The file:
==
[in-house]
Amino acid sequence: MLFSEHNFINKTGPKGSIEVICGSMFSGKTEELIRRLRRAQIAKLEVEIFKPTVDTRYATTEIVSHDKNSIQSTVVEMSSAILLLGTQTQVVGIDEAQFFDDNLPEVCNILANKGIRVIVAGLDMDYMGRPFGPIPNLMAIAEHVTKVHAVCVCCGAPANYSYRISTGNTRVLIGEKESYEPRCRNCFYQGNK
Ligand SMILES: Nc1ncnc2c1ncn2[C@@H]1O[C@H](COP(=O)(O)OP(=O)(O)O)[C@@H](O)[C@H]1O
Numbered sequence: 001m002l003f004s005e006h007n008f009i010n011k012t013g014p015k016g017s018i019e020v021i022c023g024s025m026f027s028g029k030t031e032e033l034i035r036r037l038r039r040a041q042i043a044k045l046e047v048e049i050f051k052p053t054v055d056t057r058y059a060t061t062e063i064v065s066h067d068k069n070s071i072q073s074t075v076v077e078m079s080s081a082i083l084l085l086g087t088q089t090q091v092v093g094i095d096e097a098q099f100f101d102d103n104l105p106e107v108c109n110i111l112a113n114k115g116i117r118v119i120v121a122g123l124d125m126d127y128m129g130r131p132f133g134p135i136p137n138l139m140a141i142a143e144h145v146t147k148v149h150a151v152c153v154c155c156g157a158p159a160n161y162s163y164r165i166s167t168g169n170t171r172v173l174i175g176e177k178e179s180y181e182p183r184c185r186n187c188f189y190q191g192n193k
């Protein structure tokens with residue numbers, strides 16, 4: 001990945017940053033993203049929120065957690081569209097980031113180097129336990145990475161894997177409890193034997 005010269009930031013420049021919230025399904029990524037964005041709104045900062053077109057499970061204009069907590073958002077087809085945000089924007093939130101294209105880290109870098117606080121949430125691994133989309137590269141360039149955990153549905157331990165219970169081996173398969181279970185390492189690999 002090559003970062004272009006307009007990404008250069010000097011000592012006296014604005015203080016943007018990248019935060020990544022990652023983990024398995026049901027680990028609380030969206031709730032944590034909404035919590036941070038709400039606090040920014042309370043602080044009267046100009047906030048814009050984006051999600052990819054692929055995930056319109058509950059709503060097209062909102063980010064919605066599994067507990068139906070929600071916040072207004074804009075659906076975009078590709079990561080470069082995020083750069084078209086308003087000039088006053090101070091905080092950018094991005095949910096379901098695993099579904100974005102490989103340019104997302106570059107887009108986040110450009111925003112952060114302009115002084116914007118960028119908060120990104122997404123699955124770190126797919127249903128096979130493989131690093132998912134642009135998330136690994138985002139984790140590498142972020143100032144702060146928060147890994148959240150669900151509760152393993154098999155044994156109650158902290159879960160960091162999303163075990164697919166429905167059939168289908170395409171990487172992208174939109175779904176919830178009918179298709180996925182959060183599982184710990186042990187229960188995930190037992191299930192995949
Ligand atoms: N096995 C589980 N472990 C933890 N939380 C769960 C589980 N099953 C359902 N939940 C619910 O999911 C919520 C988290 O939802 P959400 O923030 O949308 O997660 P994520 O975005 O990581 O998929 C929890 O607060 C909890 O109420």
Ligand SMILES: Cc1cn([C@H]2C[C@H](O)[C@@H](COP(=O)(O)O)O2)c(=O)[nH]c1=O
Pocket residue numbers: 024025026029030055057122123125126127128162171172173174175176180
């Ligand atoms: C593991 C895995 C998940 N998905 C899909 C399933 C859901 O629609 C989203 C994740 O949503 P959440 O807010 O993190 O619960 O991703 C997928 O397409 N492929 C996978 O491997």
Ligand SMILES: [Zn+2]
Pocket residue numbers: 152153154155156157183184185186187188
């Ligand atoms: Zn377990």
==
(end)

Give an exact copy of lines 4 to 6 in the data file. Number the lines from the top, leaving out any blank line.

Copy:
Numbered sequence: 001m002l003f004s005e006h007n008f009i010n011k012t013g014p015k016g017s018i019e020v021i022c023g024s025m026f027s028g029k030t031e032e033l034i035r036r037l038r039r040a041q042i043a044k045l046e047v048e049i050f051k052p053t054v055d056t057r058y059a060t061t062e063i064v065s066h067d068k069n070s071i072q073s074t075v076v077e078m079s080s081a082i083l084l085l086g087t088q089t090q091v092v093g094i095d096e097a098q099f100f101d102d103n104l105p106e107v108c109n110i111l112a113n114k115g116i117r118v119i120v121a122g123l124d125m126d127y128m129g130r131p132f133g134p135i136p137n138l139m140a141i142a143e144h145v146t147k148v149h150a151v152c153v154c155c156g157a158p159a160n161y162s163y164r165i166s167t168g169n170t171r172v173l174i175g176e177k178e179s180y181e182p183r184c185r186n187c188f189y190q191g192n193k
């Protein structure tokens with residue numbers, strides 16, 4: 001990945017940053033993203049929120065957690081569209097980031113180097129336990145990475161894997177409890193034997 005010269009930031013420049021919230025399904029990524037964005041709104045900062053077109057499970061204009069907590073958002077087809085945000089924007093939130101294209105880290109870098117606080121949430125691994133989309137590269141360039149955990153549905157331990165219970169081996173398969181279970185390492189690999 002090559003970062004272009006307009007990404008250069010000097011000592012006296014604005015203080016943007018990248019935060020990544022990652023983990024398995026049901027680990028609380030969206031709730032944590034909404035919590036941070038709400039606090040920014042309370043602080044009267046100009047906030048814009050984006051999600052990819054692929055995930056319109058509950059709503060097209062909102063980010064919605066599994067507990068139906070929600071916040072207004074804009075659906076975009078590709079990561080470069082995020083750069084078209086308003087000039088006053090101070091905080092950018094991005095949910096379901098695993099579904100974005102490989103340019104997302106570059107887009108986040110450009111925003112952060114302009115002084116914007118960028119908060120990104122997404123699955124770190126797919127249903128096979130493989131690093132998912134642009135998330136690994138985002139984790140590498142972020143100032144702060146928060147890994148959240150669900151509760152393993154098999155044994156109650158902290159879960160960091162999303163075990164697919166429905167059939168289908170395409171990487172992208174939109175779904176919830178009918179298709180996925182959060183599982184710990186042990187229960188995930190037992191299930192995949
Ligand atoms: N096995 C589980 N472990 C933890 N939380 C769960 C589980 N099953 C359902 N939940 C619910 O999911 C919520 C988290 O939802 P959400 O923030 O949308 O997660 P994520 O975005 O990581 O998929 C929890 O607060 C909890 O109420």